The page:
Merck offers update on Zilmax progress
Merck Animal Health has issued a statement about its Zilmax feed additive, which was pulled from the marketplace several months ago. The drug was pulled after Tyson Foods announced it would no longer use the drug in its production operations, after noticing that some cattle on the drug were experiencing mobility problems.
The company said in a statement:
“During the last 90 days, Merck Animal Health, with the input and oversight of its Advisory Board, has worked to implement its Five-Step Plan to Ensuring Responsible Beef and has made considerable progress. The findings that come as a result of the plan will add to the significant amount of data that already exists for Zilmax (zilpaterol hydrochloride), including numerous animal safety and well-being trials. Zilmax is a feed supplement approved by the FDA and other regulatory authorities. While we have made considerable progress, it is too early to determine when Merck Animal Health will return Zilmax back to the market in the United States and Canada.
"At Merck Animal Health, we continually evaluate our processes and procedures across the entire company to ensure that we maintain the best science-based practices and procedures for the health and well-being of animals," says KJ Varma, BVSc, Ph.D., Senior Vice President Global R&D, Merck Animal Health. "Our five-step plan is a direct reflection of that commitment to science. It also reflects our commitment to working with our industry partners to maintain the highest standards of care for the health and well-being of cattle. We are pleased to be able to tap into the vast knowledge and expertise of professionals from throughout the industry to help us carry out this significant undertaking."
The implementation of the five-step plan has included the following key components.
Merck Animal Health Advisory Board
Formed in August, the Merck Animal Health Advisory Board is comprised of representatives from packers, large, medium and small cattle feeder operations, cow-calf producers, veterinarians, academia and industry consultants. In addition to helping the company maintain an open dialogue on animal well-being, beta agonist use and related matters, the objectives of the Board include:
- Review all available animal safety and well-being research data on Zilmax
- Review the existing Zilmax Quality Assurance program (ZQA) and make recommendations, as needed
- Provide input on the certification and scientific audit processes; and
- Review and provide guidance on best management practices for using Zilmax
The advisory board has provided input on, reviewed and approved all initiatives in support of the plan.
To help further ensure safe and effective product use by customers, a formal certification process has been developed. As part of the certification, every feedyard team member, nutritionist and veterinarian who uses Zilmax or provides consultative services on feeding Zilmax to cattle must be trained annually on the proper use of the product.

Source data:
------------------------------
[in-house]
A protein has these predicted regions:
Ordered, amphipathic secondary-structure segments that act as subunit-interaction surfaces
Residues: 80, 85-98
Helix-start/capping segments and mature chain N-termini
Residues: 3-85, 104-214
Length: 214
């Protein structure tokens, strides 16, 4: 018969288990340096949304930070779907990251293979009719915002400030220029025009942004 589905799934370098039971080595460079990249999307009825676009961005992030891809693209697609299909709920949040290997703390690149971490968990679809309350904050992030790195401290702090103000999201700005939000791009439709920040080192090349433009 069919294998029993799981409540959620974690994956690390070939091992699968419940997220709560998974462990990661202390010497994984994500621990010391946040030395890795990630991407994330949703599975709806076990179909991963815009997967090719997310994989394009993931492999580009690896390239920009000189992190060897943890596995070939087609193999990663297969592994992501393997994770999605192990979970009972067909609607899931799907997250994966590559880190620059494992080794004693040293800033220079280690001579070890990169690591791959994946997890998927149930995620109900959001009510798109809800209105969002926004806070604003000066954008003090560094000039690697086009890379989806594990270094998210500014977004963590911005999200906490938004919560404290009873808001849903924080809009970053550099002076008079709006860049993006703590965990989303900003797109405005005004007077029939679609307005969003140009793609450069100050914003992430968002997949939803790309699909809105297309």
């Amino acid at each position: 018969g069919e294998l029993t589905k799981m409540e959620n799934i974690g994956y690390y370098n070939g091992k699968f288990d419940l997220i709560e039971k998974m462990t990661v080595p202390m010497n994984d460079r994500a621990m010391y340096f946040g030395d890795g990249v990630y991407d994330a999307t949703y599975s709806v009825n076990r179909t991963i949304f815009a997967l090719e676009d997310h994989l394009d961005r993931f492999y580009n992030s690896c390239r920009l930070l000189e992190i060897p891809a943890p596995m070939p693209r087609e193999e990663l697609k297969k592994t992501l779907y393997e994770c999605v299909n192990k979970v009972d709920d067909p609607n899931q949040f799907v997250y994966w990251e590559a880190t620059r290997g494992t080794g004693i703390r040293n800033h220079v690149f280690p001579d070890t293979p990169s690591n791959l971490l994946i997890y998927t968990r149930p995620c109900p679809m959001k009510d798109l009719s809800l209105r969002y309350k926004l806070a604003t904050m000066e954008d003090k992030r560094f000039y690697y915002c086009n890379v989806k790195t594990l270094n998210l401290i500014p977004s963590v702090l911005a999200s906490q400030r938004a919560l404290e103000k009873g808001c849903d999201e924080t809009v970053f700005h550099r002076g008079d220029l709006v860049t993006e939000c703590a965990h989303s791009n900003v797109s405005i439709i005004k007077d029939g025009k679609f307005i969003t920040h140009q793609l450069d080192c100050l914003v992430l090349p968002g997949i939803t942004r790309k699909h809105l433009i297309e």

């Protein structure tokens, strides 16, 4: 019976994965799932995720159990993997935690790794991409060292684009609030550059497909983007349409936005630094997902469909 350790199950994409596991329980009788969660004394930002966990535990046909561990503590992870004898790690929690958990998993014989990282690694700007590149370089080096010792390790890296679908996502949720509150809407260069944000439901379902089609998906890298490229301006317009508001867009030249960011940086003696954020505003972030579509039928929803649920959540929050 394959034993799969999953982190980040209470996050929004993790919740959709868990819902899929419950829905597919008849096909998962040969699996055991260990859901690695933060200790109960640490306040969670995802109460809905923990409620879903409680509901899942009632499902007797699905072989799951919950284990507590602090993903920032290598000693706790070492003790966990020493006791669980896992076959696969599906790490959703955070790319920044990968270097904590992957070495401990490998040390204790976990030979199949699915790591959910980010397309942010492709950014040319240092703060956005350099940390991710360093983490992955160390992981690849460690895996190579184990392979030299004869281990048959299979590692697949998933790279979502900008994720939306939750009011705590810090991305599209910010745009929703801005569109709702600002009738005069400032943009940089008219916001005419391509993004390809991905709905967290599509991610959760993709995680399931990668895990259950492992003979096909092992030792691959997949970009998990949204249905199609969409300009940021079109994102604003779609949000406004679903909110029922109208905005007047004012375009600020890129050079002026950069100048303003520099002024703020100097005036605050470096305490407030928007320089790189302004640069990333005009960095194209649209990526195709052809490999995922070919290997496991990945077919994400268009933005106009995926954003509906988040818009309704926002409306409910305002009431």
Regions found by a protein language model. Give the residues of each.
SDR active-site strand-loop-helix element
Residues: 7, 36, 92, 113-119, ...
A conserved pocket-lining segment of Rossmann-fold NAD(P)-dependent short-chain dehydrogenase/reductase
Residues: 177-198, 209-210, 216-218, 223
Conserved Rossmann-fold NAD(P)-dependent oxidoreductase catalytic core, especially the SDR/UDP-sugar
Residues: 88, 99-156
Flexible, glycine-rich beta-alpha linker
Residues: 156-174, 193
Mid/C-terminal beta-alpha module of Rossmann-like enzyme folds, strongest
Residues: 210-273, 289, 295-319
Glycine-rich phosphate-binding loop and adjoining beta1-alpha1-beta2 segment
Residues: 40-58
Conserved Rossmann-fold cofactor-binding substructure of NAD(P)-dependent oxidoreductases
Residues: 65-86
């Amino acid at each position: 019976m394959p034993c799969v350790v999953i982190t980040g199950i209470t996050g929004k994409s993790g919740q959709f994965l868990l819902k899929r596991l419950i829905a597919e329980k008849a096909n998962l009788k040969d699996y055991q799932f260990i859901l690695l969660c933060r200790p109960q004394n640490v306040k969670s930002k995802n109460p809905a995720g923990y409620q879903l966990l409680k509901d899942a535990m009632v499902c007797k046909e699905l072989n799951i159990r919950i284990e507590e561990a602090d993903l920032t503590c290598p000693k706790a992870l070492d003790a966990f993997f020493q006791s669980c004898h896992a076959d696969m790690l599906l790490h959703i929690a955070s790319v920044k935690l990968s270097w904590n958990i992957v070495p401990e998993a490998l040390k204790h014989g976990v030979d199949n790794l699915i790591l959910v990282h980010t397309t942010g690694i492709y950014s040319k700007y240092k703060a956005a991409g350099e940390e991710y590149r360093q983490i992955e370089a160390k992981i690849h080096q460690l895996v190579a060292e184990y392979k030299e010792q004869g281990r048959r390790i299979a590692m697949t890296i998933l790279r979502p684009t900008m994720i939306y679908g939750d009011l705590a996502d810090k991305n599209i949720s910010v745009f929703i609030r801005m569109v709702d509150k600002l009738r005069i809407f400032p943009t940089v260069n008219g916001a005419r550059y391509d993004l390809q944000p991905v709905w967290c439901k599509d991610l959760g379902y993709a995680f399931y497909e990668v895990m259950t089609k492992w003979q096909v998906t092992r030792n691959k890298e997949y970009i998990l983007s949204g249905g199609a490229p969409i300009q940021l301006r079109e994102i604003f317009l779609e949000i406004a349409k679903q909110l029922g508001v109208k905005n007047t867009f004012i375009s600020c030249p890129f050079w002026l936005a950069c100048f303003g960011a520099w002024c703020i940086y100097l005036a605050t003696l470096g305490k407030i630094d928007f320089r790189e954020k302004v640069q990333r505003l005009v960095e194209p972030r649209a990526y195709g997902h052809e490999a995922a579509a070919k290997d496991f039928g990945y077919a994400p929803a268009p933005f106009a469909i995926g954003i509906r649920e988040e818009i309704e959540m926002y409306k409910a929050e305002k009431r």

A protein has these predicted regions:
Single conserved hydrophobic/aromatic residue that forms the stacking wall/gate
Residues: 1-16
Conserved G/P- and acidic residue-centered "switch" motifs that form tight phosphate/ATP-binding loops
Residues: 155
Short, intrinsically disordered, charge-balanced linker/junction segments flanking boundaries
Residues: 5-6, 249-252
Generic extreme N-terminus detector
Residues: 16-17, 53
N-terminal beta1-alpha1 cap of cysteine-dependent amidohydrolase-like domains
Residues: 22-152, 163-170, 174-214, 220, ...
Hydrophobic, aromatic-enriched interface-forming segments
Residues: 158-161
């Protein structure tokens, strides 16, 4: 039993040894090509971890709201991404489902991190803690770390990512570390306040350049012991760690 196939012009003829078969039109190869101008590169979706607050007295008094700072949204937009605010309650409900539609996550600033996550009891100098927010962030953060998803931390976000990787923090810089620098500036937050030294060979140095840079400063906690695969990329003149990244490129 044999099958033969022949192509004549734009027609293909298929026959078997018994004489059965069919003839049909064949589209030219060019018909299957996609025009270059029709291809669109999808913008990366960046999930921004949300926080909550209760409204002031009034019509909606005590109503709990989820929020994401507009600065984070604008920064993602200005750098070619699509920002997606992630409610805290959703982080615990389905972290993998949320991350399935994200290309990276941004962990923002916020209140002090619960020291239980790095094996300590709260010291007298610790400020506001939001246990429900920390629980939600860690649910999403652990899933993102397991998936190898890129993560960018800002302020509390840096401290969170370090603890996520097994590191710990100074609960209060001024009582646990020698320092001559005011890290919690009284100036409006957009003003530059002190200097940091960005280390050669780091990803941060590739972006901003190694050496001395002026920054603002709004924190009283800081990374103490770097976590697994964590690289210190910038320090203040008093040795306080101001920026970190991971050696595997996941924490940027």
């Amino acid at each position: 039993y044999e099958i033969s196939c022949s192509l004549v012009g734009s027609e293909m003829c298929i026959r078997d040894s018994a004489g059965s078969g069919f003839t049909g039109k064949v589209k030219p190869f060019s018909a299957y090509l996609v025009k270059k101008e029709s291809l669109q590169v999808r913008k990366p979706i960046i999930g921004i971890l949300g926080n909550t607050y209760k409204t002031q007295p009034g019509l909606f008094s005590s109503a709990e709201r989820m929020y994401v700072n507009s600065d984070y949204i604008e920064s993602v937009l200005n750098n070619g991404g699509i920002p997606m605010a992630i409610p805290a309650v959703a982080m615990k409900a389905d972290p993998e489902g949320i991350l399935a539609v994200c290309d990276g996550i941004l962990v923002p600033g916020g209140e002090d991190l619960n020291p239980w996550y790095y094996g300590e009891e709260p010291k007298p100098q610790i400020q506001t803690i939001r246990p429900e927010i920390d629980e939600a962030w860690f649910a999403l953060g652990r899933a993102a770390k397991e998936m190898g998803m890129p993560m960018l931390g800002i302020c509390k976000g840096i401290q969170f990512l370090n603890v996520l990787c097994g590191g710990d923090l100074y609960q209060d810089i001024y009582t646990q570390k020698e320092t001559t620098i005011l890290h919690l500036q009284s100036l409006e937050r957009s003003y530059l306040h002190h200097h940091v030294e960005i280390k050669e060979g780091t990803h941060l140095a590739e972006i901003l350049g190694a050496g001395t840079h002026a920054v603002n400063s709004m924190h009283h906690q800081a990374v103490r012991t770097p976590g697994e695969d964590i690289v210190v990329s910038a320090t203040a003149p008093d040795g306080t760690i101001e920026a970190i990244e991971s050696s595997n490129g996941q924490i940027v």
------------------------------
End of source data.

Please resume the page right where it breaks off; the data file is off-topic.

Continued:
The training will focus on safety practices, product handling, mixing protocols, cattle management, product inventory, record keeping and clean-out procedures. Every certified operation will also be required to pass an initial homogeneity test to ensure proper mixing practices, as well as four additional feed mix tests throughout the year. Before a feedyard can participate in the Zilmax Field Evaluations, the operation will need to be certified.
Zilmax Field Evaluations
In addition to implementing the certification process, the company has also worked with its Advisory Board to develop and finalize the protocol for the field evaluations for Zilmax-fed and control cattle (previously noted as "scientific audit"), which are expected to begin in Q1 2014.
- Observing cattle throughout the system - before and after receiving Zilmax - at the feedyard and at the packing plant
- Evaluating the mobility of cattle by trained third-party experts utilizing an established mobility scoring system
- Reviewing potential compounding factors, such as nutrition, transportation, receiving facilities, flooring surfaces, and cattle management and handling practices
The field evaluations will take place with the oversight of a well-known independent epidemiologist and veterinarian, who will serve as principal investigator and collect all data, analyze results and publicly communicate findings in support of the company's commitment to transparency and communication.
"We at Merck Animal Health remain highly confident in the safety of Zilmax, which is supported by the results of more than 30 studies, totaling 65,000 cattle that were conducted by well-respected universities and third-party experts," says Dr. Varma. "We believe the field evaluations we are conducting as part of the five-step plan will support the results of previous studies and the safety of the product, and we are confident that they will help create a greater understanding of the best management practices that are so vital to helping ensure the well-being of cattle."
For additional information about the Five-Step Approach to Ensuring Responsible Beef, please visit: http://www.merck-animal-health-usa.com/news/2013-8-13.aspx.
Source: Merck Animal Health